We have been following closely the credit card debt deleveraging trend that emerged in the U.S. in the aftermath of the financial crisis in September 2008. Lehman’s collapse initiated a big shift in Americans’ debt repayment preferences that is still ongoing. As the Nilson Report reminds me, at the end of last year, at $821.54 billion, the credit card debt total in the U.S. equaled 29.68 percent of total consumer credit, which was the lowest level of card debt in relation to total consumer credit since 1990, when it stood at 29.42 percent. The highest ratio of card debt to total consumer debt was recorded in 1997 when it was 40.95 percent. In relation to the total amount of household debt — $12.819 trillion — credit cards made up 6.41 percent of the total, down from a peak of 10.05 percent in 1996. On a per-household basis, at the end of 2012 the credit card debt average was $6,785, down from $6,878 in 2011.
So, as I said, the credit card debt deleveraging process has been very prominent in post-crisis America and is still continuing. That has all been well documented, both on this blog and elsewhere. However, we have neglected to cover how the biggest players in the U.S. credit card industry have fared since the Lehman collapse. Well, the Nilson Report happens to have produced several charts that help us do just that. Let’s take a look.
Credit Card Volume Is 53% of Total Card Volume
First, let’s see how the processing volumes of the three types of payment cards have evolved. The chart below breaks down Visa, MasterCard, American Express, Discover, and PIN-based EFT network spending among credit, debit, and prepaid cards for 2012 and gives us the 5-year change in their volumes for the period 2007 – 2012.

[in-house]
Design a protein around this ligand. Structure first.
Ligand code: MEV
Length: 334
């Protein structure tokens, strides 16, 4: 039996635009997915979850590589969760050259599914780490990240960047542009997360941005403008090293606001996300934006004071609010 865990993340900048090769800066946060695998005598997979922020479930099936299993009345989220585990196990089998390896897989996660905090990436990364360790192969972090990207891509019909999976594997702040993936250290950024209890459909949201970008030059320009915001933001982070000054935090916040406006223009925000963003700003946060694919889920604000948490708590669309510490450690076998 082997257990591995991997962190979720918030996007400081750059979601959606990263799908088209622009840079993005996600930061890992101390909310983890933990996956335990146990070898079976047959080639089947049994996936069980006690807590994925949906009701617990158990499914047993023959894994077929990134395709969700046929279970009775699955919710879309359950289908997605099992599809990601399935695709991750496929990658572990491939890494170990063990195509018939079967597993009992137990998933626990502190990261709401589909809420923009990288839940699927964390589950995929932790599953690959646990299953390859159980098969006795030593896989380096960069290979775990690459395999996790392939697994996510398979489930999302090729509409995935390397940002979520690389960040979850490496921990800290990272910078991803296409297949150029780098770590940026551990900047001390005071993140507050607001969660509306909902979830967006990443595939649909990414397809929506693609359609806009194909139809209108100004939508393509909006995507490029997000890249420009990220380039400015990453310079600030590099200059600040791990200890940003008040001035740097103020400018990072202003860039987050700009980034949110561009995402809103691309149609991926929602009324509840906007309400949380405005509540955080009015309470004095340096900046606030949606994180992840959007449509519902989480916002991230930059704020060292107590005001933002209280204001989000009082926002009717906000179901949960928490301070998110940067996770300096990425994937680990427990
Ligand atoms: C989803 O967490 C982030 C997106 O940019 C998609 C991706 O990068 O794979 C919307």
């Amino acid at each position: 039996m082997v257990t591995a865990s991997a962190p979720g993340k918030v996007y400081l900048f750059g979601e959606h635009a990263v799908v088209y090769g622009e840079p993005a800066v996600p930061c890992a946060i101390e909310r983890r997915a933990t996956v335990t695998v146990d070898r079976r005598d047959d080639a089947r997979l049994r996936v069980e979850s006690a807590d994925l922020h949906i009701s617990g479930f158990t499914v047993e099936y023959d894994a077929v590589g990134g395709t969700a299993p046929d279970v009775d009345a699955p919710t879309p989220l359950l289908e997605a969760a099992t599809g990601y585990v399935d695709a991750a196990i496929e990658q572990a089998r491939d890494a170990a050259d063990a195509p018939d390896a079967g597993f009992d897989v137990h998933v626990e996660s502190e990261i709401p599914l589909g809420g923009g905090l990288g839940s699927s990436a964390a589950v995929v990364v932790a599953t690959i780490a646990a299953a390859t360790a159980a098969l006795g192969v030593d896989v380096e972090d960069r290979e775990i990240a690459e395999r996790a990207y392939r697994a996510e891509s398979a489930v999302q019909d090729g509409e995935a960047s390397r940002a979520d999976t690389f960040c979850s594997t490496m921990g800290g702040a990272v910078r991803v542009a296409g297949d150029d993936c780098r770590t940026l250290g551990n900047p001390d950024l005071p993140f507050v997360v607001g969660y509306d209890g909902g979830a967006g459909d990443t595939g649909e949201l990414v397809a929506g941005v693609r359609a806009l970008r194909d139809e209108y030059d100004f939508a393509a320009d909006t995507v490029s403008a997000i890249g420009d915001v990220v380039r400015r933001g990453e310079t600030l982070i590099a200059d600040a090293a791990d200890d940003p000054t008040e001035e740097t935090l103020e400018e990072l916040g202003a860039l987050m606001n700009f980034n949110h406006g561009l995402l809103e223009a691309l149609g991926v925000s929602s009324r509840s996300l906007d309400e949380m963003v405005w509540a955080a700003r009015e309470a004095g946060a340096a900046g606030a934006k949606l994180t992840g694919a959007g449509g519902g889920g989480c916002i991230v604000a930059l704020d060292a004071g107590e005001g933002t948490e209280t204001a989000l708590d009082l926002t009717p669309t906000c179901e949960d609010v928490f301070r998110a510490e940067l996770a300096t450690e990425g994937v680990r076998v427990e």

Visa Owns 55% of the U.S. Card Market
Visa is by far the biggest credit card brand in the U.S., owning more than half of the market. As the chart below shows, at the end of last year, more than a quarter of all U.S. payment cards — 26 percent — were Visa credit cards and an even greater share — 29.2 percent — were Visa debit cards. In contrast, MasterCard’s total share was 26 percent. We also see that no significant shifts have occurred since 2007.
First Data Is the Biggest Acquirer
This is where the biggest shift has taken place over the past five years. Since 2007, and following its break-up with First Data, Chase Paymentech’s share of the purchase volume has plummeted by 37 percent, costing the acquirer the top spot. First Data has clearly benefitted from the dissolution of the old Paymentech, of which it was part owner, having grown its processing volume by 137 percent in the period. Bank of America’s volume has also grown quite substantially — by 94 percent. Overall, the 10 biggest U.S. merchant acquirers processed 64.61 billion transactions in 2012.
GE Is the Biggest Store Card Issuer
Store cards, as the Nilson Report reminds us, are owned either by retailers directly or by third-party issuers. The trend over the past 10 years has been for more retailers to choose third parties to issue their cards and by far the biggest beneficiary from that trend has been Citi, whose store card purchase volume has more than tripled for the period — from $12 billion to $41 billion. Yet, as the chart below shows, at $54 billion, the biggest third-party issuer by volume is still GE.
China UnionPay Has Become the Biggest Global Card Issuer
Finally, even as we are keeping our focus on the U.S. market, we shouldn’t neglect the global trends and there is nothing bigger right now than the rise to global dominance of China UnionPay — the state-supported Chinese credit card association, which is the only one allowed to process yuan-denominated transactions. By 2011, UnionPay had issued 2.95 billion cards, compared to 2.35 billion for Visa, up from 1.3 billion and 1.71, respectively, in 2006. By 2016, the Nilson Report expects UnionPay to have issued 4.66 billion cards, way ahead of Visa’s total of 3.05 billion.
The Nilson Report’s data show us that, even as Americans have become increasingly unwilling to carry credit card debt in the post crisis years, and even as unemployment has been stubbornly high and incomes are still depressed, both the number of cards issued and the volumes processed by the biggest acquirers have been steadily rising.
Image credit: Flickr / Philip Taylor PT.